Jared Grove / CC-BY-SA

Justin Trudeau may be popular for his yoga poses, but the Canadian prime minister’s policies on arm sales to oppressive governments are another matter.

A group of Canadian law students at the Universite de Montreal and their professor have filed a lawsuit to prevent their government from selling $15 billion in light armored vehicles (LAV) to Saudi Arabia.

The Huffington Post reports:

Law professor Daniel Turp and his students say Canada is violating its own laws and policies that he says prohibit Ottawa from selling arms to countries with poor human rights records and without assurances the equipment won’t be used against civilians.

The notice was formally filed Monday in Federal Court in Montreal and might be heard later this spring—in May or June.

The lawsuit, filed by Turp against the Canadian minister of foreign affairs, claims “that this issuance of export permits for the LAV … would be illegal in that it would be contrary to the Export and Import Permits Act,” as well as “contrary to the Geneva Conventions Act.” As The Intercept reports, Turp’s lawsuit “comes in the wake of growing evidence of war crimes by Saudi-led forces. … But the spectacle of democratic countries selling deadly military equipment to one of the most oppressive governments in the world has triggered outrage from human rights groups,” outrage that is “now beginning to coalesce into legal and political action.”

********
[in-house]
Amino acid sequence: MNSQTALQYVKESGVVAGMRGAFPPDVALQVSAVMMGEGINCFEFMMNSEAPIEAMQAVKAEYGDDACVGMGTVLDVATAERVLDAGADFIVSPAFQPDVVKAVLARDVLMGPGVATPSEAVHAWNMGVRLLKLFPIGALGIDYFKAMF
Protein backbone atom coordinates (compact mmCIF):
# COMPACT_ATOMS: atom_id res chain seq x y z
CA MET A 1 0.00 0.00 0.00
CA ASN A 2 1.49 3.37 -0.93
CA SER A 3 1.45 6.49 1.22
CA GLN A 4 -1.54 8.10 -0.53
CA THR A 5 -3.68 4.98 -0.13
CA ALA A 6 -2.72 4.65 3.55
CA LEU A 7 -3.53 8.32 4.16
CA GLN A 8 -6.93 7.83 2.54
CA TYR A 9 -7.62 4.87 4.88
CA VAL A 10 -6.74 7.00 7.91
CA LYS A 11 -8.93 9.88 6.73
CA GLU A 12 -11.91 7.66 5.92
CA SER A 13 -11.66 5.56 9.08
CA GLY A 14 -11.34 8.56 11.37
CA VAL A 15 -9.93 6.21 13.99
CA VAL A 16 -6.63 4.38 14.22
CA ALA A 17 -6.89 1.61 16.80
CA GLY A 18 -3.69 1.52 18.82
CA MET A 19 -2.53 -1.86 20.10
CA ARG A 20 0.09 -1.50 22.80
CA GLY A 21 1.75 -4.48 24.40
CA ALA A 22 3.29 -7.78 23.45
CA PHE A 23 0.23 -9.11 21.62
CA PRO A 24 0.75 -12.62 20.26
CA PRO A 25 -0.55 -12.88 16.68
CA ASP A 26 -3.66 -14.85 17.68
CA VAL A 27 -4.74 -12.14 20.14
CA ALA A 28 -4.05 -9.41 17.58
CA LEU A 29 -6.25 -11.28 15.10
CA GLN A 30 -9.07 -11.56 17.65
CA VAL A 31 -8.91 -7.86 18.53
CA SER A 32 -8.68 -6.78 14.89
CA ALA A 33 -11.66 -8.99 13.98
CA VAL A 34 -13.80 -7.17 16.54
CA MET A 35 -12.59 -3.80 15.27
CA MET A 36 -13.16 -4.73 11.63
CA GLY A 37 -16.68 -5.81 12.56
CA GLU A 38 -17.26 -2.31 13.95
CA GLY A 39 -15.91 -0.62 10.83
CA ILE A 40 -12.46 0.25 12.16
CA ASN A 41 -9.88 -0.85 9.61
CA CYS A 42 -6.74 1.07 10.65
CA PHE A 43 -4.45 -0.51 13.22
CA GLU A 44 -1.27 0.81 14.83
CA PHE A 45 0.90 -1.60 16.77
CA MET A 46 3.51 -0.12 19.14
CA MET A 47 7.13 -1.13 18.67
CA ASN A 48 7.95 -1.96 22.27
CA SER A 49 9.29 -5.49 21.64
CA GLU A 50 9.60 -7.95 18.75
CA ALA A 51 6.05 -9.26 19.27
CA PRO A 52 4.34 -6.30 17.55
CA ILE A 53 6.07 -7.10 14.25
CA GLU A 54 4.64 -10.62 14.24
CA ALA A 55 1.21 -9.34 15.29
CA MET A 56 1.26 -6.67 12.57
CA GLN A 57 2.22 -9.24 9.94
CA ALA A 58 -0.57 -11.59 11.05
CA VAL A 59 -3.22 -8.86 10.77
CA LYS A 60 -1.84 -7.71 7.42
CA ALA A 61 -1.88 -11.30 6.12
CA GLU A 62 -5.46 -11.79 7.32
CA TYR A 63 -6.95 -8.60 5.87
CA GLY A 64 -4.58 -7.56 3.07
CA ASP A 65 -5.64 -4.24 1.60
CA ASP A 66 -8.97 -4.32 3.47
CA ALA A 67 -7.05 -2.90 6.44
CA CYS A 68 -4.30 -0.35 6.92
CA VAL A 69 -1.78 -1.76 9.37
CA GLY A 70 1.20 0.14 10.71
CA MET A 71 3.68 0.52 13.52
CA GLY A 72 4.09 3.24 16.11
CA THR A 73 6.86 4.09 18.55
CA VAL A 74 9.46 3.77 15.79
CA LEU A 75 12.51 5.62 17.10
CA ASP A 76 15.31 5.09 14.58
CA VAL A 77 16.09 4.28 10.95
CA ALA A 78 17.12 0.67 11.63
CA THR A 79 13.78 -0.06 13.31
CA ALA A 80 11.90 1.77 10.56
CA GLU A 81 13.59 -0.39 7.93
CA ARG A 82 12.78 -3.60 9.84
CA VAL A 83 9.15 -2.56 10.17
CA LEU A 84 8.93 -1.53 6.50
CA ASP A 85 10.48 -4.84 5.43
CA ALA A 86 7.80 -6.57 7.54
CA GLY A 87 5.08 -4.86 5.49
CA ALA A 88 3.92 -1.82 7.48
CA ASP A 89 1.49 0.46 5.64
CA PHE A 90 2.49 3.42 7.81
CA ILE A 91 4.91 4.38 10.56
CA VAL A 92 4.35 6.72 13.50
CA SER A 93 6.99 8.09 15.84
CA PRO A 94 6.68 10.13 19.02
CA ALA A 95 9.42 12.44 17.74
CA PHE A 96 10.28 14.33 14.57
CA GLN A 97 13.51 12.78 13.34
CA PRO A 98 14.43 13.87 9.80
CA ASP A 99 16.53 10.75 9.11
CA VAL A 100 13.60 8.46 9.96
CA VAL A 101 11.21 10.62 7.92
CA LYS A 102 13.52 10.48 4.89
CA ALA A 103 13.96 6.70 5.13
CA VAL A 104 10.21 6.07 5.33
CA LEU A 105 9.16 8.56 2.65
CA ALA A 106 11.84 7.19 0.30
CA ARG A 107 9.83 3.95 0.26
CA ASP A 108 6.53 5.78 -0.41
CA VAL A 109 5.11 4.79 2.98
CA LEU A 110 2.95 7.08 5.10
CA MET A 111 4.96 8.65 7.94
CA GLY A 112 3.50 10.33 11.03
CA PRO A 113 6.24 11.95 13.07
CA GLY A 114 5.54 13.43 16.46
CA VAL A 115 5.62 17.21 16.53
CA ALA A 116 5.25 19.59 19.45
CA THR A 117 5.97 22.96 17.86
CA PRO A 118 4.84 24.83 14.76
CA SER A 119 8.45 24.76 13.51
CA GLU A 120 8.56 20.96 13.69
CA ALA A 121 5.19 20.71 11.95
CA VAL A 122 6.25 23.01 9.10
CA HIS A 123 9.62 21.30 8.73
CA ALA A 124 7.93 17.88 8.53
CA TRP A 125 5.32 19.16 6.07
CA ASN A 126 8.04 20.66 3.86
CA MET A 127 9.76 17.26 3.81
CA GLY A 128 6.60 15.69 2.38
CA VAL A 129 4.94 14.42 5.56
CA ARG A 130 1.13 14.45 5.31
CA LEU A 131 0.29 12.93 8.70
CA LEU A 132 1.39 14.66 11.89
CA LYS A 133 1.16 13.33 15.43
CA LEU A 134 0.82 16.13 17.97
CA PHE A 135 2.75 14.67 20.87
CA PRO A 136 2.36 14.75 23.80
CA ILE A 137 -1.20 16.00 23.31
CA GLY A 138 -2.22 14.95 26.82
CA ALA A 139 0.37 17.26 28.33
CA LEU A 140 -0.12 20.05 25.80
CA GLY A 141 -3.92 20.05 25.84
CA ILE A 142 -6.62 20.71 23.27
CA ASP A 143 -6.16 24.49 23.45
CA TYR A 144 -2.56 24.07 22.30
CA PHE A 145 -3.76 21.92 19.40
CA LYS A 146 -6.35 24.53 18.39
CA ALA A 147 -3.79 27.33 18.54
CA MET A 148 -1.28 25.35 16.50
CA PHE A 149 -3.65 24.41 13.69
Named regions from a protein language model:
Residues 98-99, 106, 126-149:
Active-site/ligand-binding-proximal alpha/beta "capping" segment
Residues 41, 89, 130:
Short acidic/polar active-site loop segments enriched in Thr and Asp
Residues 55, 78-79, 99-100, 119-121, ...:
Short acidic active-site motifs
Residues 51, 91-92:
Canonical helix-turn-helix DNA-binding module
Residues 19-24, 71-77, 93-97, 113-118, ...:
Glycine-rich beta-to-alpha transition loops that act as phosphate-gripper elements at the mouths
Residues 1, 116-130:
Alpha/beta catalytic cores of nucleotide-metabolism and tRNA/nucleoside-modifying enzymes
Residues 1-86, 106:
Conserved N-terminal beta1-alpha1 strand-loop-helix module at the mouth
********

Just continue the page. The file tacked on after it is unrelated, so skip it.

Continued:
Trudeau, who has been highly praised for his progressive views and actions, has supported the arms contract, which was put into place before he took office in November. Just last week, he said that his government’s credibility would be harmed if he broke the contract.

The Intercept also notes that it’s not just Canada: Several “major arms-producing countries,” including the United States, have created arms deals with Saudi Arabia, the website reports.

The legal battle unfolding in Canada may set a global precedent for other human rights activists to take action against governments participating in arms deals with countries engaged in war crimes.

—Posted by Emma Niles

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